Let me tell you that it is a lot of work. I did bake 2 loaves and that satisfied my need to fulfill my goal for the year. It isn’t something I would do often though. I am glad I accomplished how to make sourdough starter from scratch though!
- To convert yeast to sourdough starter look at this article.
- Then you can use it to bake just about everything!!
How to Make Sourdough Starter From Scratch instructions are below for ya’.
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How to Make Sourdough Starter From Scratch
- 4 c flour unbleached all purpose
- 2 2/3 c water warm
- 16 oz. mason jar or just use 1 larger jar
- 32 oz. mason jar
- Day 1: Use a glass jar (I used an 16 oz. mason jar). Add 1/2 c unbleached all purpose flour + 1/3 c warm water and stir until combined.
- Put a baggie over the lip of the jar. Put this in a warm place, it was winter time here so I put it into the oven with just the light on. If you do this put it on a baking sheet and in the corner furthest away from the oven light. It really likes warm, not just room temperature to work in 7 days. Let this sit for 24 hours.
- Set an alarm for 24 hours for the next 3 days so you can "feed it".
- Day 2: Remove the baggie, pour half of this mixture out into the sink. Measure 1/2 c flour +1/3 c warm water again into your jar. Stir to combine. Put baggie on top again and back into your warm spot for another 24 hours.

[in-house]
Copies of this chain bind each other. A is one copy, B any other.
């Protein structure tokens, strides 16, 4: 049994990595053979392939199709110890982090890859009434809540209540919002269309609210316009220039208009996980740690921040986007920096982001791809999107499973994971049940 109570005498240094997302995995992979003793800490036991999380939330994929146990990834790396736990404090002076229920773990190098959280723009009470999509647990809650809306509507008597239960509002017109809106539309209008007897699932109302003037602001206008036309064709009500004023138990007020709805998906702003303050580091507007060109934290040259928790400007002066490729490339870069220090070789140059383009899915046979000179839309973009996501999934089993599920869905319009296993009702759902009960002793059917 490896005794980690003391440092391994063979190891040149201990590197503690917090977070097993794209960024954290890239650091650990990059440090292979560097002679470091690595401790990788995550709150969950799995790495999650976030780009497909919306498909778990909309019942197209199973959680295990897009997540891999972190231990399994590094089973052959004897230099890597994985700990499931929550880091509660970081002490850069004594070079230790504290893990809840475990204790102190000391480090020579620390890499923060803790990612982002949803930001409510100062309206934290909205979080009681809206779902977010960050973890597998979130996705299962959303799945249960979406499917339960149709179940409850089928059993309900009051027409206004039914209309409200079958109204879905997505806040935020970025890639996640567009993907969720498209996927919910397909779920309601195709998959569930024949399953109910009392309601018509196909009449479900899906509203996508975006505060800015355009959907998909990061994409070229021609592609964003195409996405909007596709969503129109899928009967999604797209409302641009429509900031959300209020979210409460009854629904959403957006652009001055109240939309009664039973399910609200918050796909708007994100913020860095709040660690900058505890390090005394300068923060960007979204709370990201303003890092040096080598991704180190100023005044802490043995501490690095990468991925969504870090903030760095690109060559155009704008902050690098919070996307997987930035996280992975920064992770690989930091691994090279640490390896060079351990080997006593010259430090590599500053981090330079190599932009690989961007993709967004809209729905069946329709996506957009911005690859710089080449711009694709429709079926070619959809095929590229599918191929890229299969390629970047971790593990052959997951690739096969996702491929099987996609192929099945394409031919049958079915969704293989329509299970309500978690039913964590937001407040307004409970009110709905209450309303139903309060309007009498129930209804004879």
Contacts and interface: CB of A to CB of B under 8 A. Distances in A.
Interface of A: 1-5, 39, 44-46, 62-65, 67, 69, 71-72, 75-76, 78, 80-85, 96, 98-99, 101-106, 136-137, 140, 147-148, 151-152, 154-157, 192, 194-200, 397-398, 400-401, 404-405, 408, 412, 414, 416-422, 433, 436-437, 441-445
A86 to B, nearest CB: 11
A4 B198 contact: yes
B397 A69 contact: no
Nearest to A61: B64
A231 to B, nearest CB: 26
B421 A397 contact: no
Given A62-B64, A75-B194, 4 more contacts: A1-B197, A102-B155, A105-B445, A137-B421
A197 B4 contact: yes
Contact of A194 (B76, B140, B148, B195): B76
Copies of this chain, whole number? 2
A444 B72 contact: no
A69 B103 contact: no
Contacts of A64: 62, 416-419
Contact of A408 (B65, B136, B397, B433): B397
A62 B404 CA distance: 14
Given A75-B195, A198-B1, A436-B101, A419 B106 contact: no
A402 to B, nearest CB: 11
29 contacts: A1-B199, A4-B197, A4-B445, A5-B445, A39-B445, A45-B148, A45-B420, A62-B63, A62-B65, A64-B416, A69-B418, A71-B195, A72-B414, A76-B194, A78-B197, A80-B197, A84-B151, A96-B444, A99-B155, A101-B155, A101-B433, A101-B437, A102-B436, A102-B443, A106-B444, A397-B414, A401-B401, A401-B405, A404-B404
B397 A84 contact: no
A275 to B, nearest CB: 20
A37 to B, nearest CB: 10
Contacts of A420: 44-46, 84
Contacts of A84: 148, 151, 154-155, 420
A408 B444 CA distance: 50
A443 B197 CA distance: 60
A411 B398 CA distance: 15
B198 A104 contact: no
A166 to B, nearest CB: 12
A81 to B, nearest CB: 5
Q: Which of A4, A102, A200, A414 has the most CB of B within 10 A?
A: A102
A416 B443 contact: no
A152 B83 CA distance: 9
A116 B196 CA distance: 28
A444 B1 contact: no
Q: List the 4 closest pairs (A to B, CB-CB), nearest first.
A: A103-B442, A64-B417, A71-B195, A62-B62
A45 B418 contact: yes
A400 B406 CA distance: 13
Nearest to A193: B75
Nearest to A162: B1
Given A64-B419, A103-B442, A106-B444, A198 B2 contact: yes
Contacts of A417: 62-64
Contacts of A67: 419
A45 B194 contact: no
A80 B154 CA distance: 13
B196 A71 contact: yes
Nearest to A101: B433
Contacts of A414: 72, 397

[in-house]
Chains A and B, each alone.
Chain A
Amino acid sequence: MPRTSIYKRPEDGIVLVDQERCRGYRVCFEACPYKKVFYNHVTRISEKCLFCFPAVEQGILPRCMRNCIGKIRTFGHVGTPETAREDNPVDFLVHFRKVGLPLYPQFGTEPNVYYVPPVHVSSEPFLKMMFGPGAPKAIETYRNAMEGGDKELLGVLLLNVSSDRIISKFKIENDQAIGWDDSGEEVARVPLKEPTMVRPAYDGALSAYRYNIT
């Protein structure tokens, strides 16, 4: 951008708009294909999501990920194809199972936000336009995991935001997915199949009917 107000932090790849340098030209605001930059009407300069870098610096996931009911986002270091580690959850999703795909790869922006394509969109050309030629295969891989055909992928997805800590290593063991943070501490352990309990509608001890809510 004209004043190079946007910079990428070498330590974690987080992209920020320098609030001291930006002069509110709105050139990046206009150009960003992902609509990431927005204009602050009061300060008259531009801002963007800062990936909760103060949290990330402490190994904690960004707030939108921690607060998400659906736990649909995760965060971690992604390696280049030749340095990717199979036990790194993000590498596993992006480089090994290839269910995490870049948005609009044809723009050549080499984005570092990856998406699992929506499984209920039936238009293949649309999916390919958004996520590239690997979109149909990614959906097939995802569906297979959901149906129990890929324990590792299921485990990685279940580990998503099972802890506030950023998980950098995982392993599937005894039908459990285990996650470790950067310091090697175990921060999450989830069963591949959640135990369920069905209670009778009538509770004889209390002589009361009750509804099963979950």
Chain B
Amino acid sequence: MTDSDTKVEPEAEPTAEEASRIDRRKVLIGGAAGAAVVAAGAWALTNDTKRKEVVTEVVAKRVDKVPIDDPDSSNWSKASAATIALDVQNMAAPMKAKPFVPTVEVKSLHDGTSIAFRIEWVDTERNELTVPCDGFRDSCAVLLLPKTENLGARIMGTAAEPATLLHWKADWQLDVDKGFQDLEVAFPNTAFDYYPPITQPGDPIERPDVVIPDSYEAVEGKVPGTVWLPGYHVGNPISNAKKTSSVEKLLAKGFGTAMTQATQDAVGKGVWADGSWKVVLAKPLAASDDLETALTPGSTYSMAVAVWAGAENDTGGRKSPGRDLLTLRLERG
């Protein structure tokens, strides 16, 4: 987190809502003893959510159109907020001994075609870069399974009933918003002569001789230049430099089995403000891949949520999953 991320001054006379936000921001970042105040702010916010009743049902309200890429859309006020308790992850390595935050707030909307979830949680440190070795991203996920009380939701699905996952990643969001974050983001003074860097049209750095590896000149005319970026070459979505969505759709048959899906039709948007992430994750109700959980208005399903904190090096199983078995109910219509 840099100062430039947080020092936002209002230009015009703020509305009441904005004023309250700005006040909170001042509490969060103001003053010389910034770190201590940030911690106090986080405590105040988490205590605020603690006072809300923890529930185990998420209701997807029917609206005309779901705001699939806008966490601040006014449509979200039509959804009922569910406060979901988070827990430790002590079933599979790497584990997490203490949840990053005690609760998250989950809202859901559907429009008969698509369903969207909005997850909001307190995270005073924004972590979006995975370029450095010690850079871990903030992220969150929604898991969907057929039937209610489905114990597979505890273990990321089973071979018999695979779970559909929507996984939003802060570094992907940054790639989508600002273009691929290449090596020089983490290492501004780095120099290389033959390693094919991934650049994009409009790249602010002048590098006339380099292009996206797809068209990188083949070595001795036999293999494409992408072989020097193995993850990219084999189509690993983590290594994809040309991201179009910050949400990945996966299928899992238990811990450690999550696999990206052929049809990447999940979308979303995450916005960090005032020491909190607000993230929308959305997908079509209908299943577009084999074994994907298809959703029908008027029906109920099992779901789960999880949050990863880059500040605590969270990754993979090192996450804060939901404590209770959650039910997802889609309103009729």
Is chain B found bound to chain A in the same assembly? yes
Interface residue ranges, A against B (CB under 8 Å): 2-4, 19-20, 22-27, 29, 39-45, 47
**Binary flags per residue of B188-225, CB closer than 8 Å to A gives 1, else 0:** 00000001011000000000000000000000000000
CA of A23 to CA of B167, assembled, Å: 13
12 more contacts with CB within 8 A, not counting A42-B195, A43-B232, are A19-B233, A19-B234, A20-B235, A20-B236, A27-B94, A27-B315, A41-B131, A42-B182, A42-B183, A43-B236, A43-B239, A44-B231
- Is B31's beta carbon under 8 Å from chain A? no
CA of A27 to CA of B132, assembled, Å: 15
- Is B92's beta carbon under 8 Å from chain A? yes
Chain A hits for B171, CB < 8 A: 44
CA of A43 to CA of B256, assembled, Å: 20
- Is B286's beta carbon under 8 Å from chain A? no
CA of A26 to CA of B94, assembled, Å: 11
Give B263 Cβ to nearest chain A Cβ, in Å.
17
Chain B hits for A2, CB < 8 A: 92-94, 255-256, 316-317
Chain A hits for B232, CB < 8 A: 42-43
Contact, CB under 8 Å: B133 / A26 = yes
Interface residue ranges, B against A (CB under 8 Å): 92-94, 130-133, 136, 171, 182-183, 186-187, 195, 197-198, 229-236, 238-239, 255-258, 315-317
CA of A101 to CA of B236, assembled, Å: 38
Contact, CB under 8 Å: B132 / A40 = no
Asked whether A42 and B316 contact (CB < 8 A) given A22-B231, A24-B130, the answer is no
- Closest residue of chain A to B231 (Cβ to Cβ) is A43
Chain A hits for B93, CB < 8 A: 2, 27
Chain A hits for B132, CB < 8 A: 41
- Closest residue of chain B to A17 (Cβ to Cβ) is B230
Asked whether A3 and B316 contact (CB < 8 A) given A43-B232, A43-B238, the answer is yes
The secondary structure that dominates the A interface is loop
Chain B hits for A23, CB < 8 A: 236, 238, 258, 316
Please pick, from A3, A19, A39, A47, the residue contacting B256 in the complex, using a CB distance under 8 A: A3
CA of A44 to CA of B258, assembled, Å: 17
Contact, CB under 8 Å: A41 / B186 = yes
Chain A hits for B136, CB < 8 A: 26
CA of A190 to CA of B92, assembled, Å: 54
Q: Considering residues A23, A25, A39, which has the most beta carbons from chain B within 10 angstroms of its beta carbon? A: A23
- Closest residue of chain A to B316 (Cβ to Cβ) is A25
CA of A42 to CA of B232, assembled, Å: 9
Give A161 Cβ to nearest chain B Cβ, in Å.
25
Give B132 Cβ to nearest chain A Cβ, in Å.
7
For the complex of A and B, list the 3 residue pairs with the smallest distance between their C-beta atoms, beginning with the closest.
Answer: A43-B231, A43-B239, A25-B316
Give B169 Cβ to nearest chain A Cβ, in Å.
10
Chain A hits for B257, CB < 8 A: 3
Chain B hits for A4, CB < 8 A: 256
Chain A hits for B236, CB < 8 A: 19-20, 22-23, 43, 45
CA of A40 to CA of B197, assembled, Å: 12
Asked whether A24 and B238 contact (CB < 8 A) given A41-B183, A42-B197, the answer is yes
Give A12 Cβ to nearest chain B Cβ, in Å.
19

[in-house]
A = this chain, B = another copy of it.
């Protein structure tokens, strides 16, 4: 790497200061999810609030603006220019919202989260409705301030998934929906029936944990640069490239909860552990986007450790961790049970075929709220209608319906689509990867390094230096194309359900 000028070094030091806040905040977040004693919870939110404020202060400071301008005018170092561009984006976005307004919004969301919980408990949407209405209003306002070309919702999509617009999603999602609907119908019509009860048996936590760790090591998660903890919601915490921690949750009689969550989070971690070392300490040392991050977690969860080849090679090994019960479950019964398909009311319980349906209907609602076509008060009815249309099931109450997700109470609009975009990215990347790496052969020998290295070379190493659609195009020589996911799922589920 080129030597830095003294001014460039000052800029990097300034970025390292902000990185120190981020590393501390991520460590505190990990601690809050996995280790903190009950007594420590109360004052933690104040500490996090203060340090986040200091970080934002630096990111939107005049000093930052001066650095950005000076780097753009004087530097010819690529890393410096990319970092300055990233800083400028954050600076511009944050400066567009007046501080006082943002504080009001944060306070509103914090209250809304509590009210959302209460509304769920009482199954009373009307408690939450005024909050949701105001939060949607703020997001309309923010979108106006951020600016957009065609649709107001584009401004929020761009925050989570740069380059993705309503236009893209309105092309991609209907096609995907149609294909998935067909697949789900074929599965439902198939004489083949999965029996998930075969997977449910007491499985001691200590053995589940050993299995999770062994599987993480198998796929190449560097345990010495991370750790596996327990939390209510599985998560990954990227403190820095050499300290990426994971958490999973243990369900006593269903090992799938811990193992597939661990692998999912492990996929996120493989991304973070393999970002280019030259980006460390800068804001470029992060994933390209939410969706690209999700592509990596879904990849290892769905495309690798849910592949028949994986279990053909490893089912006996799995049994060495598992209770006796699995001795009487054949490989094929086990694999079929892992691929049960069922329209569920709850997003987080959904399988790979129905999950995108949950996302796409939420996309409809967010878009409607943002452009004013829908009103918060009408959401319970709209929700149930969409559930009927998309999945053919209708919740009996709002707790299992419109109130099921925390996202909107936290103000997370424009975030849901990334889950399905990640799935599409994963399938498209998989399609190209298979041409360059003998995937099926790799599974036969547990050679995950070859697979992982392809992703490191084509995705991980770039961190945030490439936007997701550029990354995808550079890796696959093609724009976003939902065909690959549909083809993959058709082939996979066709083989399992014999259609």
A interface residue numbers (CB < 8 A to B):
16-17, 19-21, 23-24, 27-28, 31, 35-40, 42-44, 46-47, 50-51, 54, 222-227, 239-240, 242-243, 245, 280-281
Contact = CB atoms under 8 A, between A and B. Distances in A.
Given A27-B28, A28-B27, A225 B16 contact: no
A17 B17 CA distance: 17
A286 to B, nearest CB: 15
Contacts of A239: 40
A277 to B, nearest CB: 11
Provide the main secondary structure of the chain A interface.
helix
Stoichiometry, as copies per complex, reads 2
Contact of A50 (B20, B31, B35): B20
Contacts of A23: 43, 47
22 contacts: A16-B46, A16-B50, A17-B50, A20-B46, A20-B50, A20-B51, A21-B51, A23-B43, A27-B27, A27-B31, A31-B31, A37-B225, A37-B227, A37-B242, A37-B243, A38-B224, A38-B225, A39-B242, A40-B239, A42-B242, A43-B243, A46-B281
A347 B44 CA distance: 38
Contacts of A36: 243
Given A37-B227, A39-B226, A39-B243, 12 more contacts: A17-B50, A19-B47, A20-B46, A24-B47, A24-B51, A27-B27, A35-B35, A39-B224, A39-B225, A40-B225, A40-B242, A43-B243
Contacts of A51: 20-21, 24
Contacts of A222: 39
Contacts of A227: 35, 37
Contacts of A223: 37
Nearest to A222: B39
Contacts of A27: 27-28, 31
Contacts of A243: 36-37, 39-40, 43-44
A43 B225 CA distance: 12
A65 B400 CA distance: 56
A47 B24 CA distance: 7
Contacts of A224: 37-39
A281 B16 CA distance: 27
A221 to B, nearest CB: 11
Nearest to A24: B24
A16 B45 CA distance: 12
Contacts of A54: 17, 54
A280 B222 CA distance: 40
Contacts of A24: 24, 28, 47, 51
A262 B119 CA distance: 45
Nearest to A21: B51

- Day 3: Do the same thing as yesterday and back into your warm spot for another 24 hours.
- Day 4: Do the same thing as day 1 and 2 EXCEPT you'll do this twice today. Once in the morning and once before bed. If it is really starting to rise in the jar you can transfer to a larger 32 oz. jar (if not already in this size).
- Day 5: You're going to do this twice a day again.
- Day 6: Do the same thing as day 5, removing 1/2 mixture and adding flour and water twice again today.
- Day 7 it should be really bubbly, smelling sour now. If so your starter is ready, use this to bake your first loaf of sourdough bread!
- If you think it needs to be a bit more "smelly" and bubbly, do the same day 6 on day 7 and bake on day 8.